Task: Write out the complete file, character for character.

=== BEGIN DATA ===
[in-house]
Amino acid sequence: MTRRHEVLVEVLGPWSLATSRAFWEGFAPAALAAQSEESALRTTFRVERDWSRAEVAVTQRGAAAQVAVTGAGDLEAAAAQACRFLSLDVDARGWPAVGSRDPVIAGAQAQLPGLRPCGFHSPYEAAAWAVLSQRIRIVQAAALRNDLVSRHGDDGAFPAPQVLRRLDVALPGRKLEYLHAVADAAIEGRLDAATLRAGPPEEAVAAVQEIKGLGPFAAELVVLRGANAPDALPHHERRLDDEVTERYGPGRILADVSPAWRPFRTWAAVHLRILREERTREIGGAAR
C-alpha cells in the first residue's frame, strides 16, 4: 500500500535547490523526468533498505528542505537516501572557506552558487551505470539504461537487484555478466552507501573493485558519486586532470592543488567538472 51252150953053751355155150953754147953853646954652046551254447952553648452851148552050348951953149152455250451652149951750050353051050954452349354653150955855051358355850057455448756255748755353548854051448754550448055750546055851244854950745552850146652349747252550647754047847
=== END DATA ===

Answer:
[in-house]
Amino acid sequence: MTRRHEVLVEVLGPWSLATSRAFWEGFAPAALAAQSEESALRTTFRVERDWSRAEVAVTQRGAAAQVAVTGAGDLEAAAAQACRFLSLDVDARGWPAVGSRDPVIAGAQAQLPGLRPCGFHSPYEAAAWAVLSQRIRIVQAAALRNDLVSRHGDDGAFPAPQVLRRLDVALPGRKLEYLHAVADAAIEGRLDAATLRAGPPEEAVAAVQEIKGLGPFAAELVVLRGANAPDALPHHERRLDDEVTERYGPGRILADVSPAWRPFRTWAAVHLRILREERTREIGGAAR
C-alpha cells in the first residue's frame, strides 16, 4: 500500500535547490523526468533498505528542505537516501572557506552558487551505470539504461537487484555478466552507501573493485558519486586532470592543488567538472 51252150953053751355155150953754147953853646954652046551254447952553648452851148552050348951953149152455250451652149951750050353051050954452349354653150955855051358355850057455448756255748755353548854051448754550448055750546055851244854950745552850146652349747252550647754047847